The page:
During the Senate Judiciary Committee hearing yesterday on the U.S. attorney scandal, Sen. Arlen Specter asked former White House political director Sara Taylor “whether [former Arkansas U.S. attorney Bud] Cummins was forced out in order to make room for [Karl Rove protege Tim] Griffin.”
Taylor offered a contradictory response, arguing on the one hand Cummins “had been planning to leave” while on the other hand stating “he was, in fact, fired.”
Later in the hearing, Specter asked if “there was a political overtone to the replacement of Mr. Cummins by Mr. Griffin?” I don’t believe that’s the case at all,” Taylor responded. Watch it:
In today’s Arkansas Times, Bud Cummins shot back, expressing his disagreement with Taylor’s assesment of how and why he was forced out of office:
Taylor said Wednesday it was her understanding that Cummins had stated as early as 2004 that he was planning to leave. Better communication would have made the transition easier, she added.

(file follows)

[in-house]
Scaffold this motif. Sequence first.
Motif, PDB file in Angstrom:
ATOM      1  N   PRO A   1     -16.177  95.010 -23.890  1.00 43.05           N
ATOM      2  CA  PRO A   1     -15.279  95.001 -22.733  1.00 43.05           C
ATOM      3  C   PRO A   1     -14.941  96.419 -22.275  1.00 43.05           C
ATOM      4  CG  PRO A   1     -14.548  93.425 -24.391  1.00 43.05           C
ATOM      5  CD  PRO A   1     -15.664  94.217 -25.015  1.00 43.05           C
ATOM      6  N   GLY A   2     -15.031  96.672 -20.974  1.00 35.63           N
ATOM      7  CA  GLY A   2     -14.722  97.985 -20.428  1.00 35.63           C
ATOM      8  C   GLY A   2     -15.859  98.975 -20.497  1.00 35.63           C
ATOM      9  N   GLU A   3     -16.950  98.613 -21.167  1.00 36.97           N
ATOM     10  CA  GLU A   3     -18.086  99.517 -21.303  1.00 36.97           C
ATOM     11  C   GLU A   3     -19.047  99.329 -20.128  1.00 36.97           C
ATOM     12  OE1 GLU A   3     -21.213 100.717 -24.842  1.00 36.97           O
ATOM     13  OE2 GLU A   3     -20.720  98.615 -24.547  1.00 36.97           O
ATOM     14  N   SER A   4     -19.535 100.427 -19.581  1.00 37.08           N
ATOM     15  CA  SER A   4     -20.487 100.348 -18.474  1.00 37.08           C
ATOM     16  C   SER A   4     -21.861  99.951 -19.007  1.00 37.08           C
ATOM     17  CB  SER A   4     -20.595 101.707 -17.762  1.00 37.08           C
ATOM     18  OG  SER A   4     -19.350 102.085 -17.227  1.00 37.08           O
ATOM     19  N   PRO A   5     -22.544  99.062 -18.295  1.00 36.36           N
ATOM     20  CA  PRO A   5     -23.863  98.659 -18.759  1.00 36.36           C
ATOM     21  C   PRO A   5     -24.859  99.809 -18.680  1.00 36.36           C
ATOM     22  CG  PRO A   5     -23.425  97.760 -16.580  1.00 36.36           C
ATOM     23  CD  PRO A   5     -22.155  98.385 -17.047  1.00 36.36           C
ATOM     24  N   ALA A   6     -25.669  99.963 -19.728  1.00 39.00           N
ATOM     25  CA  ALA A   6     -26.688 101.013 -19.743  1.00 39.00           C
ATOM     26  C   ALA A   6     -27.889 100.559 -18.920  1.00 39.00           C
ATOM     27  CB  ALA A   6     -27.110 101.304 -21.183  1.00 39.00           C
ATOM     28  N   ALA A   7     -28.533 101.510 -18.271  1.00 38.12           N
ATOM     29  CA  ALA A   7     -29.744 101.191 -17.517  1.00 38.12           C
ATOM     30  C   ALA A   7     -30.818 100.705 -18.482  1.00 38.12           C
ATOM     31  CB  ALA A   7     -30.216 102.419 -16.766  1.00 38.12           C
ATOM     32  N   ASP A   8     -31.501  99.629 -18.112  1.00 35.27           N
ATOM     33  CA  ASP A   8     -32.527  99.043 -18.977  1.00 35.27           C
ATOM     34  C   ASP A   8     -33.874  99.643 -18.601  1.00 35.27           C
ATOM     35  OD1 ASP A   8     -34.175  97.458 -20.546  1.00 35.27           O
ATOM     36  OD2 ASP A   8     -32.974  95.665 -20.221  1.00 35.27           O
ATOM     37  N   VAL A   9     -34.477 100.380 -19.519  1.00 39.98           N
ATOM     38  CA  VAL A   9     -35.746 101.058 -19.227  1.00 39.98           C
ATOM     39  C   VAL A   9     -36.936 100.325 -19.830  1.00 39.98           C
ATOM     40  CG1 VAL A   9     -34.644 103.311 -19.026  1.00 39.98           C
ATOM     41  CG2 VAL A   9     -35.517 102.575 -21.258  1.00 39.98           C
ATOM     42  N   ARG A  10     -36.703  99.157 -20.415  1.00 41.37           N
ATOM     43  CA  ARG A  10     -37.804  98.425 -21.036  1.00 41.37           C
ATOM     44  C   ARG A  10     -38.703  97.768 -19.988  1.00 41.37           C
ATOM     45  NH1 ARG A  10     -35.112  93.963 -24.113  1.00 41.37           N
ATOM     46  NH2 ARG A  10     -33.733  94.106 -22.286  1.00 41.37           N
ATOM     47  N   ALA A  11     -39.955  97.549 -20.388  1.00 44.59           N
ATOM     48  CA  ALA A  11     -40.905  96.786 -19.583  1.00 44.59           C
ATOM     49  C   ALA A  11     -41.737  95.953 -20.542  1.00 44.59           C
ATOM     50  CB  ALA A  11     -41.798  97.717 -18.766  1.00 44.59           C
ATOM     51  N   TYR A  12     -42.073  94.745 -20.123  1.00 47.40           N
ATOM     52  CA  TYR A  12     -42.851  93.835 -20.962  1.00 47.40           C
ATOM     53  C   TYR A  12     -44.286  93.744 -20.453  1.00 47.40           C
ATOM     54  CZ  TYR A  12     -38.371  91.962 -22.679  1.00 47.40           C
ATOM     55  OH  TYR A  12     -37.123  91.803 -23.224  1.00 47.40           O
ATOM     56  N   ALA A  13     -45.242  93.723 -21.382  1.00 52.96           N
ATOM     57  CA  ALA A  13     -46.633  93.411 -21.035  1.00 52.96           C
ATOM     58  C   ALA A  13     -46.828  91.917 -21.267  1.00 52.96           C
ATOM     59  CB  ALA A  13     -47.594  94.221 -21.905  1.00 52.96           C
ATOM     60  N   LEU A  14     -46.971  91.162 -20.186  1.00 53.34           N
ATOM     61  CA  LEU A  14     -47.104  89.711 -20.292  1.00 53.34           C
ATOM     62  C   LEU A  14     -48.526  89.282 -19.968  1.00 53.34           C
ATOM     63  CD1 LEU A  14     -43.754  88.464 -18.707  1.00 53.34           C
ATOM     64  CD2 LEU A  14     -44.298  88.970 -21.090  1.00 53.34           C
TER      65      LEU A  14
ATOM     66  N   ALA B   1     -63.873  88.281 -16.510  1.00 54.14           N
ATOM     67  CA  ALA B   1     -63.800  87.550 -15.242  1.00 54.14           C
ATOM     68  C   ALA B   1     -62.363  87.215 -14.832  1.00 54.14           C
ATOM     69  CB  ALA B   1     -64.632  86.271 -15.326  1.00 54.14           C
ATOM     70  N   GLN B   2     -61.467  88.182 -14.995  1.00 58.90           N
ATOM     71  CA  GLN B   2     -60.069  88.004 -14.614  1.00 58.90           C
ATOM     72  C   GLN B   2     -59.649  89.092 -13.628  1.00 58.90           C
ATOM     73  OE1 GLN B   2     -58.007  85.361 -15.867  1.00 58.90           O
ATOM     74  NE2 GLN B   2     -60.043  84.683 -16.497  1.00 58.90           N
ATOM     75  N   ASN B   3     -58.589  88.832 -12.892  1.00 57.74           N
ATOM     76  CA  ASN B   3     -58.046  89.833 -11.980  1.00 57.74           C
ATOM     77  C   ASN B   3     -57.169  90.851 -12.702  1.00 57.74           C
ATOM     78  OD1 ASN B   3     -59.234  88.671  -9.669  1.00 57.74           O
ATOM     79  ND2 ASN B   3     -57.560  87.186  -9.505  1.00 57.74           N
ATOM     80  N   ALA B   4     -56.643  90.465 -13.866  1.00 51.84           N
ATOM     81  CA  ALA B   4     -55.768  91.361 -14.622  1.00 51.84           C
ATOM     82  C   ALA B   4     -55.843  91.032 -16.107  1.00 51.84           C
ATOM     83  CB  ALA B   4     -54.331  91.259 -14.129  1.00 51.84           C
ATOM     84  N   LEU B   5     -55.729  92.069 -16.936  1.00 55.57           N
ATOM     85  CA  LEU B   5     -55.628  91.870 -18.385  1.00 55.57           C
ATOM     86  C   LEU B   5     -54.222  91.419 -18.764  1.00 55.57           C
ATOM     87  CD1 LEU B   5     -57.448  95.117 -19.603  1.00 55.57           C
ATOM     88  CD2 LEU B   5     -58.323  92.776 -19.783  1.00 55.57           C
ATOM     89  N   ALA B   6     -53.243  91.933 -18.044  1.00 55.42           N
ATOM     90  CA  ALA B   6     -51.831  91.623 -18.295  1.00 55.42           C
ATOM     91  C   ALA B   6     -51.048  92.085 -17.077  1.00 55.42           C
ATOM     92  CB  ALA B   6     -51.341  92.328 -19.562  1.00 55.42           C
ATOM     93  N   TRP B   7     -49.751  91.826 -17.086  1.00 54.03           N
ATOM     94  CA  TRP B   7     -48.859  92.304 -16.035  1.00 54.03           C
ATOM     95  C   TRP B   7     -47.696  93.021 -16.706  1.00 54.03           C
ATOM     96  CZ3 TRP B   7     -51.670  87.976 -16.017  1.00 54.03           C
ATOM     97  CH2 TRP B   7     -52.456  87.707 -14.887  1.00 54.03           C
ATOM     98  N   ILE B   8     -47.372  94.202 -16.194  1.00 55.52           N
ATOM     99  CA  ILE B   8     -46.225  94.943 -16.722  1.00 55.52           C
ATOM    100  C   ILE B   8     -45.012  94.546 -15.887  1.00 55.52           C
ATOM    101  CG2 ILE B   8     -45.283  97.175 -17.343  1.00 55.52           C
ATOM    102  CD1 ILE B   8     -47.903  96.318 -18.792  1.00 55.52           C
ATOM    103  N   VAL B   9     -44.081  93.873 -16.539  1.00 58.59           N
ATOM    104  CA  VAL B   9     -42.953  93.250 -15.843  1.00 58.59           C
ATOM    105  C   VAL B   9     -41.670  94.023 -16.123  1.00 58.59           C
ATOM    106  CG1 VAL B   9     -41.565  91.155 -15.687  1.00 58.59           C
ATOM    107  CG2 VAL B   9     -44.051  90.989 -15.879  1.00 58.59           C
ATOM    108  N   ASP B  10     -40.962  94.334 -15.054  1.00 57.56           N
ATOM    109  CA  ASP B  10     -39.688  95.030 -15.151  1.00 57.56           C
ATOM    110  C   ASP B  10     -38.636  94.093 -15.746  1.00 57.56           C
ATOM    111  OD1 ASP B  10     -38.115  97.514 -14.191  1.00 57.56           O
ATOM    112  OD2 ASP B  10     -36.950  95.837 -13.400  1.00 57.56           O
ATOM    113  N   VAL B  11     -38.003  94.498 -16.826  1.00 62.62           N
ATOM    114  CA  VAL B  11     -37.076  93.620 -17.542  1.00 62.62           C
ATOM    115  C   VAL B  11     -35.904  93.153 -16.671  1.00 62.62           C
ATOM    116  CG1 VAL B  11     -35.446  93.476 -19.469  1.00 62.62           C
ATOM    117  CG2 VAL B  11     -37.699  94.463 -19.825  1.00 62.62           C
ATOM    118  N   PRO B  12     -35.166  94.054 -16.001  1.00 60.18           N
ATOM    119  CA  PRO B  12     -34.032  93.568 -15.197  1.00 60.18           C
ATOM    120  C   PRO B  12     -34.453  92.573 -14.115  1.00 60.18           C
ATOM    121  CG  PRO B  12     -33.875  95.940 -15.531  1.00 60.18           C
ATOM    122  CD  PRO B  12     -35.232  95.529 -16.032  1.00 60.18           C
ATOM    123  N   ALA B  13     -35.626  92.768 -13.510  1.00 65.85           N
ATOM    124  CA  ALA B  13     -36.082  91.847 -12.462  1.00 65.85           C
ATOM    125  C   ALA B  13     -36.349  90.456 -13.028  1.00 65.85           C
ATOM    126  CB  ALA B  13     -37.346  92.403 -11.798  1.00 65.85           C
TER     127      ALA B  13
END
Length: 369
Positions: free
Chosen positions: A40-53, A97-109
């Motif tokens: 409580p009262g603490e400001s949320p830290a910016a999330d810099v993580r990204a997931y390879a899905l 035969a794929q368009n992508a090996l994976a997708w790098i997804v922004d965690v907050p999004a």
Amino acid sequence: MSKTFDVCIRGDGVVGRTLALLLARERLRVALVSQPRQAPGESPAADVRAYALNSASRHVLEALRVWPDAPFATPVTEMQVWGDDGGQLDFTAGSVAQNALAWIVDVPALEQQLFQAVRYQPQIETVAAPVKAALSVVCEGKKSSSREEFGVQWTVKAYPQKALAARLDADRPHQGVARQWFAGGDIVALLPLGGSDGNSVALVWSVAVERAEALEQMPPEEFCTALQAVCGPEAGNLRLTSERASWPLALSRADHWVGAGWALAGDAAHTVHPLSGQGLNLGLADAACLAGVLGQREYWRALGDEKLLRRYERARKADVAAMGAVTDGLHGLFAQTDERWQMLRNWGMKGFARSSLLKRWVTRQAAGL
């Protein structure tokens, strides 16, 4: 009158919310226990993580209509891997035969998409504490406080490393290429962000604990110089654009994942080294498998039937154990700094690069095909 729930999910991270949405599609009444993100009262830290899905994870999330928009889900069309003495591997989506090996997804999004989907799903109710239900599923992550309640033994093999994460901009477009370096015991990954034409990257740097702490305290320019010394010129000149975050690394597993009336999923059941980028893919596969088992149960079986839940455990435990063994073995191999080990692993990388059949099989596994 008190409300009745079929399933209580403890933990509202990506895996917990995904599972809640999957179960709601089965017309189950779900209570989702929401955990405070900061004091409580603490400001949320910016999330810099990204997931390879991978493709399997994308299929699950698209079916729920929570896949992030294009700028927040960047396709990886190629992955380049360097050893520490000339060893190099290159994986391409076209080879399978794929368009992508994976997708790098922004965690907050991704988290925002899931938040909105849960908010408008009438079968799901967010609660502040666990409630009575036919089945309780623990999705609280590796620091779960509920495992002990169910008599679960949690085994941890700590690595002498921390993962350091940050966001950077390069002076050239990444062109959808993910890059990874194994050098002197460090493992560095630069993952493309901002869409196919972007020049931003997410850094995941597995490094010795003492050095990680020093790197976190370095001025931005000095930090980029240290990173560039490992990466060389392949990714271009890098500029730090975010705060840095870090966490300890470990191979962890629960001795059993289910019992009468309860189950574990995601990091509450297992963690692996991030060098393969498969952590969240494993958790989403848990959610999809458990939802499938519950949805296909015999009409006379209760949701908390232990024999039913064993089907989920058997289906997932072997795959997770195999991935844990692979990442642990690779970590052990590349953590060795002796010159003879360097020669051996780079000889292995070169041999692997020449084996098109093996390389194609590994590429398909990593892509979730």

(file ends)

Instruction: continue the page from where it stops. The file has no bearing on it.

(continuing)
Cummins said he does not believe his status played a role in his ouster.
“Tim Griffin wanted my job, they decided to give it him, and because of the arrogance and inexperience of the staff-level folks that handled the execution of a poorly thought-out plan, my loyal and arguably successful service was not considered in any way,” Cummins said.
Despite what Taylor claims, there were “political overtones” to Griffin’s replacement of Cummins. Not only did the White House intentionally bypass Senate approval of Griffin, over the objections of Sen. Mark Pryor (D-AR), but in December 2006, Kyle Sampson, then-chief of staff to Attorney General Alberto Gonzales, wrote in an e-mail that getting Griffin appointed was “important to Harriet, Karl, etc” — Karl being Karl Rove.
UPDATE: Alex Koppelman at Salon spoke to Cummins last night about his reaction to Taylor’s testimony:
Cummins says he thinks the “thing about me announcing to the press an intention to leave is way overblown,” and that he “would like to know who was selling [Taylor] that line.”
Transcript: Read more